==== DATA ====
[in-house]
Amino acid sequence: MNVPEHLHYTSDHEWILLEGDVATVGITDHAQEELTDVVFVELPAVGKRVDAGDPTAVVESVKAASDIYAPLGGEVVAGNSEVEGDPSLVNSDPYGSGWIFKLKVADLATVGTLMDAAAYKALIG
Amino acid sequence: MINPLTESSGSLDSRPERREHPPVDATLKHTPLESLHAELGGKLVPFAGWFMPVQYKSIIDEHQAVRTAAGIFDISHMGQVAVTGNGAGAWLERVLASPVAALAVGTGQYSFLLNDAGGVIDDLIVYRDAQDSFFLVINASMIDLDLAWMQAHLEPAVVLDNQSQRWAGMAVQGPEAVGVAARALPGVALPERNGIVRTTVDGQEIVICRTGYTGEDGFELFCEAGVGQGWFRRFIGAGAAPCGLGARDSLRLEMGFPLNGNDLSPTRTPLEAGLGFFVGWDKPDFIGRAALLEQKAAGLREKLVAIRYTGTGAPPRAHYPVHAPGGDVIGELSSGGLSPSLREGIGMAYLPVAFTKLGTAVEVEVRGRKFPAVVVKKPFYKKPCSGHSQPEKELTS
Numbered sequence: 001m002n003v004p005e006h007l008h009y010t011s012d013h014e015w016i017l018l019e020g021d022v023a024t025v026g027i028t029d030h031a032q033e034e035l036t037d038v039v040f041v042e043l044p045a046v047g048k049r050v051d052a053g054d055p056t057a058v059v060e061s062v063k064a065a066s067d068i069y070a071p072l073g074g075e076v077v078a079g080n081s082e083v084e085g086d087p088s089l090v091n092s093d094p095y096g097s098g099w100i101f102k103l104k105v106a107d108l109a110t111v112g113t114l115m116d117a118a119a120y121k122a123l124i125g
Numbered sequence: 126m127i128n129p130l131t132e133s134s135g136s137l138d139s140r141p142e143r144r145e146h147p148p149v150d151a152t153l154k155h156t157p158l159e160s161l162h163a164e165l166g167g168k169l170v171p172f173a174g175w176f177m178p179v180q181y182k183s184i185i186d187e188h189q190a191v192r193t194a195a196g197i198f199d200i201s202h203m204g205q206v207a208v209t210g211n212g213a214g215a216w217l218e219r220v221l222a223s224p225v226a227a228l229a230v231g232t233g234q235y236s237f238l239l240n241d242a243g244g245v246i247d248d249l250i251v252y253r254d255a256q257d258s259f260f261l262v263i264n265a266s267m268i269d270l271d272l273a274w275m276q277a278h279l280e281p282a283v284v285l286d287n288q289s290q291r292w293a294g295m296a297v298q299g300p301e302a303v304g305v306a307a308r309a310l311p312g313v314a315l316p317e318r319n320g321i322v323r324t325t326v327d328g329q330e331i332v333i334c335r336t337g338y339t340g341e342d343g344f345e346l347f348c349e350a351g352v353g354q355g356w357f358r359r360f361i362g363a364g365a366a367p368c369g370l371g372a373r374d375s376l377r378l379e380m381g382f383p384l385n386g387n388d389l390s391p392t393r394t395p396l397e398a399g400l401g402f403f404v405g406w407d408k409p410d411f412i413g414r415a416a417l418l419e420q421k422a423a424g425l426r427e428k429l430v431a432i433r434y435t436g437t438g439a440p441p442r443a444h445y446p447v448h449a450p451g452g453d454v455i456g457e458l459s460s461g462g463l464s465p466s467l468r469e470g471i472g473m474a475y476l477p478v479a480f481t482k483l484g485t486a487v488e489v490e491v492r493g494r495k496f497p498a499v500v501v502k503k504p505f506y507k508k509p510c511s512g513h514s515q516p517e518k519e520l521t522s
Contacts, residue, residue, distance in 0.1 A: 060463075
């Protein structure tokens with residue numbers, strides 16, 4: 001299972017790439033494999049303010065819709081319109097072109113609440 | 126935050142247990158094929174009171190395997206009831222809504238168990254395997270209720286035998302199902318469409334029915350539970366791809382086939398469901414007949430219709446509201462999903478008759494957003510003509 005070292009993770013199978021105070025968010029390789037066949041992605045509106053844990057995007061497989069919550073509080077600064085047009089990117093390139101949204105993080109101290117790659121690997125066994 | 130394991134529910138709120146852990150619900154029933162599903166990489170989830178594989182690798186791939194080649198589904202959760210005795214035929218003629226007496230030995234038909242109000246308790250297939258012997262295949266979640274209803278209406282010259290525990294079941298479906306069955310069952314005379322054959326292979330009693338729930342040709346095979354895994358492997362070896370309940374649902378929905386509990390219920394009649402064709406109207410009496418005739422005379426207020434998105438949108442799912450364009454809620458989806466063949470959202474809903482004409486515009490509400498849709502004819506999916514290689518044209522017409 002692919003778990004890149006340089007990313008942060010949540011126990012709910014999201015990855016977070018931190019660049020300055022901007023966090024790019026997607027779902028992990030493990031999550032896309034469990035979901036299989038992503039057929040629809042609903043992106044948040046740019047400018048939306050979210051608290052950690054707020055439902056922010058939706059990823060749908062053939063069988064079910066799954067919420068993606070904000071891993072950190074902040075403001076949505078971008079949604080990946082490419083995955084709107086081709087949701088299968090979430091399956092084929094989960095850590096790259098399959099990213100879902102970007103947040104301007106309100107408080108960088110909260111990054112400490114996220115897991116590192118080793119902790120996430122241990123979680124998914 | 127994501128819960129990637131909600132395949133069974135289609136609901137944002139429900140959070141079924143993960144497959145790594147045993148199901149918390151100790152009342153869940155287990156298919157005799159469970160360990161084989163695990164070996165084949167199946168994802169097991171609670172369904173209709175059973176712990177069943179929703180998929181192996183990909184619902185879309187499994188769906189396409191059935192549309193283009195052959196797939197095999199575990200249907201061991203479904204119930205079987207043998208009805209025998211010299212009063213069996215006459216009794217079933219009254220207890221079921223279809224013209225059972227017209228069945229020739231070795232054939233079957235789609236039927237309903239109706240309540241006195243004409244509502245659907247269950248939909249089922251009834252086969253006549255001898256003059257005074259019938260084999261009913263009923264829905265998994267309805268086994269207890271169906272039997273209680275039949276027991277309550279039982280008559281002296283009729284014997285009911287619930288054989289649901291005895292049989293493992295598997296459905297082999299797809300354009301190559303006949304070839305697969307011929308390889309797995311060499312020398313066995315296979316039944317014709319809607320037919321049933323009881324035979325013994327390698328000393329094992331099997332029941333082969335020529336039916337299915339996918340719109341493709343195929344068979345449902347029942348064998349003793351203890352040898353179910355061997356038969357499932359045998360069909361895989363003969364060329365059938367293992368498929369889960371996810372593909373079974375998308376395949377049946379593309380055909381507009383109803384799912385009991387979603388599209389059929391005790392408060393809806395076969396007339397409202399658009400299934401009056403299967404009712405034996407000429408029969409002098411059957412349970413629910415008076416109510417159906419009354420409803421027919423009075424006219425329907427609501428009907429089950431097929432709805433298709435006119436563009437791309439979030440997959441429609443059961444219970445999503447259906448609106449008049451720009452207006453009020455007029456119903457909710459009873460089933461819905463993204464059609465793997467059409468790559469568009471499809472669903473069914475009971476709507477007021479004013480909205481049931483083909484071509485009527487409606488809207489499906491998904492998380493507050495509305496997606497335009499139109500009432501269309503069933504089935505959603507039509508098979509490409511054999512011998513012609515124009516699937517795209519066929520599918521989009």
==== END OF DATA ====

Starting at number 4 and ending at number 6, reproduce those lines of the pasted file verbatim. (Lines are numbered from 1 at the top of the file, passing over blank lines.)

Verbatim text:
Numbered sequence: 001m002n003v004p005e006h007l008h009y010t011s012d013h014e015w016i017l018l019e020g021d022v023a024t025v026g027i028t029d030h031a032q033e034e035l036t037d038v039v040f041v042e043l044p045a046v047g048k049r050v051d052a053g054d055p056t057a058v059v060e061s062v063k064a065a066s067d068i069y070a071p072l073g074g075e076v077v078a079g080n081s082e083v084e085g086d087p088s089l090v091n092s093d094p095y096g097s098g099w100i101f102k103l104k105v106a107d108l109a110t111v112g113t114l115m116d117a118a119a120y121k122a123l124i125g
Numbered sequence: 126m127i128n129p130l131t132e133s134s135g136s137l138d139s140r141p142e143r144r145e146h147p148p149v150d151a152t153l154k155h156t157p158l159e160s161l162h163a164e165l166g167g168k169l170v171p172f173a174g175w176f177m178p179v180q181y182k183s184i185i186d187e188h189q190a191v192r193t194a195a196g197i198f199d200i201s202h203m204g205q206v207a208v209t210g211n212g213a214g215a216w217l218e219r220v221l222a223s224p225v226a227a228l229a230v231g232t233g234q235y236s237f238l239l240n241d242a243g244g245v246i247d248d249l250i251v252y253r254d255a256q257d258s259f260f261l262v263i264n265a266s267m268i269d270l271d272l273a274w275m276q277a278h279l280e281p282a283v284v285l286d287n288q289s290q291r292w293a294g295m296a297v298q299g300p301e302a303v304g305v306a307a308r309a310l311p312g313v314a315l316p317e318r319n320g321i322v323r324t325t326v327d328g329q330e331i332v333i334c335r336t337g338y339t340g341e342d343g344f345e346l347f348c349e350a351g352v353g354q355g356w357f358r359r360f361i362g363a364g365a366a367p368c369g370l371g372a373r374d375s376l377r378l379e380m381g382f383p384l385n386g387n388d389l390s391p392t393r394t395p396l397e398a399g400l401g402f403f404v405g406w407d408k409p410d411f412i413g414r415a416a417l418l419e420q421k422a423a424g425l426r427e428k429l430v431a432i433r434y435t436g437t438g439a440p441p442r443a444h445y446p447v448h449a450p451g452g453d454v455i456g457e458l459s460s461g462g463l464s465p466s467l468r469e470g471i472g473m474a475y476l477p478v479a480f481t482k483l484g485t486a487v488e489v490e491v492r493g494r495k496f497p498a499v500v501v502k503k504p505f506y507k508k509p510c511s512g513h514s515q516p517e518k519e520l521t522s
Contacts, residue, residue, distance in 0.1 A: 060463075